Data security has become an important issue for the legal world. Whether you are a tech-savvy law student or a veteran attorney without much experience online, now is a good time to think about the safety of your files and your clients’ information. In the free-for-all of the Internet, even privileged attorney-client communications are not always respected as such (as this article from The Guardian on the GCHQ – the UK’s equivalent of the NSA – makes clear).

These dangers shift the burden of responsibility to the individual attorney to ensure that, short of keeping locked stacks of paper files and certified letters, client information remains confidential.

Nearly once a week since the start of the summer, news headlines have been disclosing in increasing detail the efforts of the National Security Administration to access personal communications (email, instant messaging, and cloud-based data) of nearly every Internet user. Most recently, a Washington Post article revealed that not even your contact list is safe.

This has understandably set off a round of security-related concern in the IT world, with even Google scrambling to encrypt data stored on the popular Google Drive service, as companies fear the possible legal ramifications of allowing their users’ data to be accessed. Some of these questions have been discussed in an excellent article in the New York Law Journal, by Richard Raysman and Peter Brown.

Recently, a small change to Comment 8 of the ABA’s Model Rule 1.1 “serve[s] as a reminder to lawyers that they should remain aware of technology, including the benefits and risks associated with it, as part of a lawyer’s general ethical duty to remain competent.” See this recent article from Inside Counsel for a thorough discussion of the full implications of such an emphasis.

This change strengthens the confidentiality requirements of Model Rule 1.6, whose comments also include language regarding “reasonable efforts to prevent the access or disclosure” (see Comment 18 and 19), but do not specifically mention encryption. Perhaps in light of the recent disclosures, it will be an issue specifically addressed in the future.

So, where to start out if talk of bits and bytes is foreign to you? The ABA has a useful information page about many different methods of securing your information and email with encryption. However, there’s no need to spend a lot of money (or sometimes any at all) to get into the basics of staying safe.

First, I recommend losing the memory stick. Many of us have gone through several of the key-sized devices, either dropping them from a backpack or leaving them in a library. Instead, look at one of the many “cloud”-based services, such as DropBox, that allow you to access your files anywhere there is an internet connection. The cloud-based services have recently gotten a bad rap for their security, so I use a nifty free app called SafeMonk as an extra layer of encryption for everything I put into DropBox.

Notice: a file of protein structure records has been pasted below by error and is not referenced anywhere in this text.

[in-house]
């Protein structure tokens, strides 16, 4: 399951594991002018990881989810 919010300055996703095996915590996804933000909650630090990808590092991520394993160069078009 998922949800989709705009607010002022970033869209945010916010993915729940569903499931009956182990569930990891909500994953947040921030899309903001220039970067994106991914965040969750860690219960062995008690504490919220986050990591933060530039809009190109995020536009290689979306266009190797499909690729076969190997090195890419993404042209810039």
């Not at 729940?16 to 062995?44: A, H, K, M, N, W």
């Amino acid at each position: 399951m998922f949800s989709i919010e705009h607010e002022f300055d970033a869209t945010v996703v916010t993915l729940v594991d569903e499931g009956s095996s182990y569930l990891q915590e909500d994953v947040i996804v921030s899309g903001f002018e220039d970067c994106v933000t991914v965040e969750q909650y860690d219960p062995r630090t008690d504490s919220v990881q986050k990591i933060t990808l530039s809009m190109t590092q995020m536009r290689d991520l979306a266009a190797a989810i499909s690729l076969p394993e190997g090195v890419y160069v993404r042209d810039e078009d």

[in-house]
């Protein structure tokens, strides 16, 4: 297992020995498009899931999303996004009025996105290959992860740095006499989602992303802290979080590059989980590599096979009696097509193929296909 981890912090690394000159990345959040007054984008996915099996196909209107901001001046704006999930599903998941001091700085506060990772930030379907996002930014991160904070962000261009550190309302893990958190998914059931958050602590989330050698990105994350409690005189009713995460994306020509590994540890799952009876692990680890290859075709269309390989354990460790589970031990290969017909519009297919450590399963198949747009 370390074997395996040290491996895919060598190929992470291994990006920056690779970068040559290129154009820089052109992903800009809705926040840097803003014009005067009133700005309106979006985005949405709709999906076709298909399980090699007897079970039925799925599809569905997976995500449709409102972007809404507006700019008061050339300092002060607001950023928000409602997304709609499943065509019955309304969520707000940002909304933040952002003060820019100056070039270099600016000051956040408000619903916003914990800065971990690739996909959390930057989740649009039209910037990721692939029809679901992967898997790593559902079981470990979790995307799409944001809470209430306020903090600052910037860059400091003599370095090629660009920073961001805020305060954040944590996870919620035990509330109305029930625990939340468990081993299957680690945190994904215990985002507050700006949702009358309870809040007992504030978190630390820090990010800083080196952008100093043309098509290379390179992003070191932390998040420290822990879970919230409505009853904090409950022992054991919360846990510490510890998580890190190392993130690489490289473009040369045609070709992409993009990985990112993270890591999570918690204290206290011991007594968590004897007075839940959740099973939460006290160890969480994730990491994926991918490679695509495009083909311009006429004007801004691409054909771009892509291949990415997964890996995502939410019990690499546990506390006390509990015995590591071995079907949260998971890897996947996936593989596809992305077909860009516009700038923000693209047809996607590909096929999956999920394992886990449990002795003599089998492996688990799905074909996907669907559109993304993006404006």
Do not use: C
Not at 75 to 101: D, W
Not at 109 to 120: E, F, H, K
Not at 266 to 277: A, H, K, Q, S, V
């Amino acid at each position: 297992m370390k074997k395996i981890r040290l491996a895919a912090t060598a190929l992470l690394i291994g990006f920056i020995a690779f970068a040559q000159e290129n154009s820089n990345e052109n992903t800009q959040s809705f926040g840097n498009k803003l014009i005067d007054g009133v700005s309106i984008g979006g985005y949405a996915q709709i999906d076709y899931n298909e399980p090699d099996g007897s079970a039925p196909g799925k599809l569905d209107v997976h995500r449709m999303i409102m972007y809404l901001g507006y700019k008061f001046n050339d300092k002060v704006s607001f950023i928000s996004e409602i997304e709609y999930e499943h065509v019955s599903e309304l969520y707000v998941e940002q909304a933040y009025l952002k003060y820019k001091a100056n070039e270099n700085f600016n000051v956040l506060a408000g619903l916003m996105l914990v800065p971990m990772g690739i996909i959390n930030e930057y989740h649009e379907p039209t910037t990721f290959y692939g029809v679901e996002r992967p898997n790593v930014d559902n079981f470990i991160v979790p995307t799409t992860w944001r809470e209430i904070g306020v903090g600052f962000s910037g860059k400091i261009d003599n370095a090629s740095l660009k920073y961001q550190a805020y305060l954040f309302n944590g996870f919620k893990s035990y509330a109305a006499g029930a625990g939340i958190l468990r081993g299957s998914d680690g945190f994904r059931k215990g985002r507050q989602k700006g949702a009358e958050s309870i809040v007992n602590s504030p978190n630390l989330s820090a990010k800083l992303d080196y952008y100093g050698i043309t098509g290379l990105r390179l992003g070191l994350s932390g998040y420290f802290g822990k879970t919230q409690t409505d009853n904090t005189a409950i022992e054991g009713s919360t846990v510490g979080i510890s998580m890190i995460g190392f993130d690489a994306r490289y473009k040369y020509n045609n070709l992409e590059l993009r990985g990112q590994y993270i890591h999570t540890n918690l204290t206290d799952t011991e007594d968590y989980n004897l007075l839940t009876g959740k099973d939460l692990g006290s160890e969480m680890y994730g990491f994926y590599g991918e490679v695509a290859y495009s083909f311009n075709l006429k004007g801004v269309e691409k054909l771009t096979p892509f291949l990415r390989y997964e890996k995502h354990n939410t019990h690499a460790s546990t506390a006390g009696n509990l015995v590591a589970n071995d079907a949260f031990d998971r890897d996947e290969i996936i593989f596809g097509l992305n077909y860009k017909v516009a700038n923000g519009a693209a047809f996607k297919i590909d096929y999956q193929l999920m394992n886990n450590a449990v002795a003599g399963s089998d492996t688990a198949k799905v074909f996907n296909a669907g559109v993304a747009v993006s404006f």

Second, if you have an email to a client that contains particularly sensitive information, think about encrypting your email. If you are a Gmail user, SecureGmail is a free ad-on that brings encryption seamlessly into your email composition. There are (more complicated) options for Outlook as well.

Finally, if you have large files on a hard drive, TrueCrypt is a free, open-source software that can help you get started.

Using encryption is certainly not required to represent client’s effectively, but “smart lawyers will realize that obtaining technological proficiency directly will not only help them satisfy the mandate of Model Rule 1.1, but also will empower them to serve as stronger advocates on behalf of their clients and result in competitive advantages.” (Inside Counsel).

Disciplining Prosecutors

The California State Bar has recommended disbarment for a prosecutor, John Michael Alexander, based on misconduct that included failing to disclose exculpatory materials and lying about it.  Apparently, this prosecutor  had prior disciplinary cases based on misconduct.  This recommendation follows two other California disciplinary sanctions on prosecutors: one who was suspended for four years, and another who received a public reproval.

Three cases may not make a trend, but this may be a development worth watching. To read more, see the following: